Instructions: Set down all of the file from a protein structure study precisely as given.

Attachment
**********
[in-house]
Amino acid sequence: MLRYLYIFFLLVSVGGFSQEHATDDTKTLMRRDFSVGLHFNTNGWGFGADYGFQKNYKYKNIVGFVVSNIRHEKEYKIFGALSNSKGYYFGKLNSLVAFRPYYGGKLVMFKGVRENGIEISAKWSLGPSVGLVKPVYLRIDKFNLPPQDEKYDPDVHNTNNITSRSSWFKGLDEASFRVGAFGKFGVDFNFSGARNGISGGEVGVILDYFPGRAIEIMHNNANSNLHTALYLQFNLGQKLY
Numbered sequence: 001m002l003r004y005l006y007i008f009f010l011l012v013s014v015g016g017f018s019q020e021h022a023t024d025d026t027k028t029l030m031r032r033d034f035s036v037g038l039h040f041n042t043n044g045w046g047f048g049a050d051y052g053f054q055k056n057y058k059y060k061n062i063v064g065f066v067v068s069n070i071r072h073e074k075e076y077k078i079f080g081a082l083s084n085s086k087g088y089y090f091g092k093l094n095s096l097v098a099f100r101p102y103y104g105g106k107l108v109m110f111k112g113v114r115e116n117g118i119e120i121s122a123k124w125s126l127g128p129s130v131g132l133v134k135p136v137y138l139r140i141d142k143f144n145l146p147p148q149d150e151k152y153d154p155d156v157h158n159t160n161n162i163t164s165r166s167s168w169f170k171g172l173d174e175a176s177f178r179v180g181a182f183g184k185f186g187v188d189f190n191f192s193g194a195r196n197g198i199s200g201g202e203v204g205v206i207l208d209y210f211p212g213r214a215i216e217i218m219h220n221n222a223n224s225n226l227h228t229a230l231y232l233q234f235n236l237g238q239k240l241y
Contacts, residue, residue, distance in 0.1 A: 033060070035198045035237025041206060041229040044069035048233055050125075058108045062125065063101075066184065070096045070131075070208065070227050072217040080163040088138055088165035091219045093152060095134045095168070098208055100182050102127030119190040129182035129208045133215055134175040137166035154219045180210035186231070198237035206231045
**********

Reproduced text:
[in-house]
Amino acid sequence: MLRYLYIFFLLVSVGGFSQEHATDDTKTLMRRDFSVGLHFNTNGWGFGADYGFQKNYKYKNIVGFVVSNIRHEKEYKIFGALSNSKGYYFGKLNSLVAFRPYYGGKLVMFKGVRENGIEISAKWSLGPSVGLVKPVYLRIDKFNLPPQDEKYDPDVHNTNNITSRSSWFKGLDEASFRVGAFGKFGVDFNFSGARNGISGGEVGVILDYFPGRAIEIMHNNANSNLHTALYLQFNLGQKLY
Numbered sequence: 001m002l003r004y005l006y007i008f009f010l011l012v013s014v015g016g017f018s019q020e021h022a023t024d025d026t027k028t029l030m031r032r033d034f035s036v037g038l039h040f041n042t043n044g045w046g047f048g049a050d051y052g053f054q055k056n057y058k059y060k061n062i063v064g065f066v067v068s069n070i071r072h073e074k075e076y077k078i079f080g081a082l083s084n085s086k087g088y089y090f091g092k093l094n095s096l097v098a099f100r101p102y103y104g105g106k107l108v109m110f111k112g113v114r115e116n117g118i119e120i121s122a123k124w125s126l127g128p129s130v131g132l133v134k135p136v137y138l139r140i141d142k143f144n145l146p147p148q149d150e151k152y153d154p155d156v157h158n159t160n161n162i163t164s165r166s167s168w169f170k171g172l173d174e175a176s177f178r179v180g181a182f183g184k185f186g187v188d189f190n191f192s193g194a195r196n197g198i199s200g201g202e203v204g205v206i207l208d209y210f211p212g213r214a215i216e217i218m219h220n221n222a223n224s225n226l227h228t229a230l231y232l233q234f235n236l237g238q239k240l241y
Contacts, residue, residue, distance in 0.1 A: 033060070035198045035237025041206060041229040044069035048233055050125075058108045062125065063101075066184065070096045070131075070208065070227050072217040080163040088138055088165035091219045093152060095134045095168070098208055100182050102127030119190040129182035129208045133215055134175040137166035154219045180210035186231070198237035206231045